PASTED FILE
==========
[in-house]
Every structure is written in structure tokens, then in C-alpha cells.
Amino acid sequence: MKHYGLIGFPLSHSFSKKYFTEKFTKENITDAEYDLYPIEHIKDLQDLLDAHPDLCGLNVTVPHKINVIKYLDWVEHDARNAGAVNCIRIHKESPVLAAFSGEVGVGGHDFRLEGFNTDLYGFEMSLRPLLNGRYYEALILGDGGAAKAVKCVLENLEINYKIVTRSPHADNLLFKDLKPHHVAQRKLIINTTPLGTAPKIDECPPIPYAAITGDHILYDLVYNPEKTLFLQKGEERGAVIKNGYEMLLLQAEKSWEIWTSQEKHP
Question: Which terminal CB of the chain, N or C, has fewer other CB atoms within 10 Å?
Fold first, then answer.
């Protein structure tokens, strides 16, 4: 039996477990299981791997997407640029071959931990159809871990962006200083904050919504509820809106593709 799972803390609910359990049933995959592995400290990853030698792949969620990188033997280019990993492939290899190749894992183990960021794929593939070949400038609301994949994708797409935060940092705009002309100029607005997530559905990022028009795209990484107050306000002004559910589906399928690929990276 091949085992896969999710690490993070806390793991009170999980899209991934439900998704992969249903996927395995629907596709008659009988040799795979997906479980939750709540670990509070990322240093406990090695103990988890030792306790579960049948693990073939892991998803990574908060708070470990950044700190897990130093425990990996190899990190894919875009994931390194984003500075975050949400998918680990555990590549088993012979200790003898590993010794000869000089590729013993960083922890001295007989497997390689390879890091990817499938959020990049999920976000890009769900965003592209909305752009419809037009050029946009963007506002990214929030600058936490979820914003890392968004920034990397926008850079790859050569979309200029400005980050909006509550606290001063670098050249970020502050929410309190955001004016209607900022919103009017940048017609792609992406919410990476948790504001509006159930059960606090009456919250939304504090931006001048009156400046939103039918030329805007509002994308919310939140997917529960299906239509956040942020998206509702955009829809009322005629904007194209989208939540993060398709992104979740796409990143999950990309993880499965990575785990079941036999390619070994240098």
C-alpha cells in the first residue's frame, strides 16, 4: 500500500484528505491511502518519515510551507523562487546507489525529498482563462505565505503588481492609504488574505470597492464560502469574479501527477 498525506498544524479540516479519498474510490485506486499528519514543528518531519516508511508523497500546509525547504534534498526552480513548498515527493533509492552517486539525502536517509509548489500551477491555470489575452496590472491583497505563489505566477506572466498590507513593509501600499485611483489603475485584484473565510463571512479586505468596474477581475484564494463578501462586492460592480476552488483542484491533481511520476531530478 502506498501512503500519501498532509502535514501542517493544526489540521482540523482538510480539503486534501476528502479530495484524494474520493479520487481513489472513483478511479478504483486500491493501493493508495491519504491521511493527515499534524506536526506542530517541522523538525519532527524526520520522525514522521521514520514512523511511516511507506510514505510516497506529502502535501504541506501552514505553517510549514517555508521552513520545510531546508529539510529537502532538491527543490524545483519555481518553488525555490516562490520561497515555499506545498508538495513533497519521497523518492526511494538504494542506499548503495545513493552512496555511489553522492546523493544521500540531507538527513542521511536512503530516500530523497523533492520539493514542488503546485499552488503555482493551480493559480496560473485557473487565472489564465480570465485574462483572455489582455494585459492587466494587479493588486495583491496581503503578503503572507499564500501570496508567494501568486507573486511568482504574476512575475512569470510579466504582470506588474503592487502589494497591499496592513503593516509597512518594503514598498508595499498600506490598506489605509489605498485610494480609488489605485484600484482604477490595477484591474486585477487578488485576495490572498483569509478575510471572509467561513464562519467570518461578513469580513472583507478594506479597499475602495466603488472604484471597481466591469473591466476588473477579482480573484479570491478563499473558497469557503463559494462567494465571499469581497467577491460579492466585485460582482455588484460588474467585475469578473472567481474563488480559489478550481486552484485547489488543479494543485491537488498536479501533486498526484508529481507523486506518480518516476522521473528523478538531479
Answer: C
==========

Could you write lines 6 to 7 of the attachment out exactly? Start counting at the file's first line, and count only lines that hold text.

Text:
């Protein structure tokens, strides 16, 4: 039996477990299981791997997407640029071959931990159809871990962006200083904050919504509820809106593709 799972803390609910359990049933995959592995400290990853030698792949969620990188033997280019990993492939290899190749894992183990960021794929593939070949400038609301994949994708797409935060940092705009002309100029607005997530559905990022028009795209990484107050306000002004559910589906399928690929990276 091949085992896969999710690490993070806390793991009170999980899209991934439900998704992969249903996927395995629907596709008659009988040799795979997906479980939750709540670990509070990322240093406990090695103990988890030792306790579960049948693990073939892991998803990574908060708070470990950044700190897990130093425990990996190899990190894919875009994931390194984003500075975050949400998918680990555990590549088993012979200790003898590993010794000869000089590729013993960083922890001295007989497997390689390879890091990817499938959020990049999920976000890009769900965003592209909305752009419809037009050029946009963007506002990214929030600058936490979820914003890392968004920034990397926008850079790859050569979309200029400005980050909006509550606290001063670098050249970020502050929410309190955001004016209607900022919103009017940048017609792609992406919410990476948790504001509006159930059960606090009456919250939304504090931006001048009156400046939103039918030329805007509002994308919310939140997917529960299906239509956040942020998206509702955009829809009322005629904007194209989208939540993060398709992104979740796409990143999950990309993880499965990575785990079941036999390619070994240098």
C-alpha cells in the first residue's frame, strides 16, 4: 500500500484528505491511502518519515510551507523562487546507489525529498482563462505565505503588481492609504488574505470597492464560502469574479501527477 498525506498544524479540516479519498474510490485506486499528519514543528518531519516508511508523497500546509525547504534534498526552480513548498515527493533509492552517486539525502536517509509548489500551477491555470489575452496590472491583497505563489505566477506572466498590507513593509501600499485611483489603475485584484473565510463571512479586505468596474477581475484564494463578501462586492460592480476552488483542484491533481511520476531530478 502506498501512503500519501498532509502535514501542517493544526489540521482540523482538510480539503486534501476528502479530495484524494474520493479520487481513489472513483478511479478504483486500491493501493493508495491519504491521511493527515499534524506536526506542530517541522523538525519532527524526520520522525514522521521514520514512523511511516511507506510514505510516497506529502502535501504541506501552514505553517510549514517555508521552513520545510531546508529539510529537502532538491527543490524545483519555481518553488525555490516562490520561497515555499506545498508538495513533497519521497523518492526511494538504494542506499548503495545513493552512496555511489553522492546523493544521500540531507538527513542521511536512503530516500530523497523533492520539493514542488503546485499552488503555482493551480493559480496560473485557473487565472489564465480570465485574462483572455489582455494585459492587466494587479493588486495583491496581503503578503503572507499564500501570496508567494501568486507573486511568482504574476512575475512569470510579466504582470506588474503592487502589494497591499496592513503593516509597512518594503514598498508595499498600506490598506489605509489605498485610494480609488489605485484600484482604477490595477484591474486585477487578488485576495490572498483569509478575510471572509467561513464562519467570518461578513469580513472583507478594506479597499475602495466603488472604484471597481466591469473591466476588473477579482480573484479570491478563499473558497469557503463559494462567494465571499469581497467577491460579492466585485460582482455588484460588474467585475469578473472567481474563488480559489478550481486552484485547489488543479494543485491537488498536479501533486498526484508529481507523486506518480518516476522521473528523478538531479